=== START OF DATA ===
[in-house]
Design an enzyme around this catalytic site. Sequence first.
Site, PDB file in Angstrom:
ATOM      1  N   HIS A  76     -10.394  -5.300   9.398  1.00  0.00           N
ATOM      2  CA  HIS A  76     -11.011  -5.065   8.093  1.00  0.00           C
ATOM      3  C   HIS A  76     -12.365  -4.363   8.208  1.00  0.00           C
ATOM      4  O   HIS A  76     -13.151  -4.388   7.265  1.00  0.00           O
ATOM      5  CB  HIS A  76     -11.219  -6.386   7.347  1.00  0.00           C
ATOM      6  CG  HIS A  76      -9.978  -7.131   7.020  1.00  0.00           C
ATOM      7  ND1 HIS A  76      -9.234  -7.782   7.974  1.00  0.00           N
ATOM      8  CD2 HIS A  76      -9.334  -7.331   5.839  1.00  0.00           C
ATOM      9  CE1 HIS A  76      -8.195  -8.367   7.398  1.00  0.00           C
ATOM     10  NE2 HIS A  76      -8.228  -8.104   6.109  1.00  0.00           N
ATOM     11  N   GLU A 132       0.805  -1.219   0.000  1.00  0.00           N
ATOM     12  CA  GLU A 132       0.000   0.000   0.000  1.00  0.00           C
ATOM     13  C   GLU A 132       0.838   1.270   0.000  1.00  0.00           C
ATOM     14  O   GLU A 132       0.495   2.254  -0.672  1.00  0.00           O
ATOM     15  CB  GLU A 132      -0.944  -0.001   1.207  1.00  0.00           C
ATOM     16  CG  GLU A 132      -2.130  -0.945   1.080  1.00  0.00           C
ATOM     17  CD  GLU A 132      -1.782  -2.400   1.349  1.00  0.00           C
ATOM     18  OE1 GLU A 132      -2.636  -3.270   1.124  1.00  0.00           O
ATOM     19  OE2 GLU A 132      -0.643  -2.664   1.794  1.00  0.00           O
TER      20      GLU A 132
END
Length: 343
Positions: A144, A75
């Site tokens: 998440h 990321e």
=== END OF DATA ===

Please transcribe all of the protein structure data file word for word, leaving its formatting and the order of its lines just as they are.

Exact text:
[in-house]
Design an enzyme around this catalytic site. Sequence first.
Site, PDB file in Angstrom:
ATOM      1  N   HIS A  76     -10.394  -5.300   9.398  1.00  0.00           N
ATOM      2  CA  HIS A  76     -11.011  -5.065   8.093  1.00  0.00           C
ATOM      3  C   HIS A  76     -12.365  -4.363   8.208  1.00  0.00           C
ATOM      4  O   HIS A  76     -13.151  -4.388   7.265  1.00  0.00           O
ATOM      5  CB  HIS A  76     -11.219  -6.386   7.347  1.00  0.00           C
ATOM      6  CG  HIS A  76      -9.978  -7.131   7.020  1.00  0.00           C
ATOM      7  ND1 HIS A  76      -9.234  -7.782   7.974  1.00  0.00           N
ATOM      8  CD2 HIS A  76      -9.334  -7.331   5.839  1.00  0.00           C
ATOM      9  CE1 HIS A  76      -8.195  -8.367   7.398  1.00  0.00           C
ATOM     10  NE2 HIS A  76      -8.228  -8.104   6.109  1.00  0.00           N
ATOM     11  N   GLU A 132       0.805  -1.219   0.000  1.00  0.00           N
ATOM     12  CA  GLU A 132       0.000   0.000   0.000  1.00  0.00           C
ATOM     13  C   GLU A 132       0.838   1.270   0.000  1.00  0.00           C
ATOM     14  O   GLU A 132       0.495   2.254  -0.672  1.00  0.00           O
ATOM     15  CB  GLU A 132      -0.944  -0.001   1.207  1.00  0.00           C
ATOM     16  CG  GLU A 132      -2.130  -0.945   1.080  1.00  0.00           C
ATOM     17  CD  GLU A 132      -1.782  -2.400   1.349  1.00  0.00           C
ATOM     18  OE1 GLU A 132      -2.636  -3.270   1.124  1.00  0.00           O
ATOM     19  OE2 GLU A 132      -0.643  -2.664   1.794  1.00  0.00           O
TER      20      GLU A 132
END
Length: 343
Positions: A144, A75
């Site tokens: 998440h 990321e």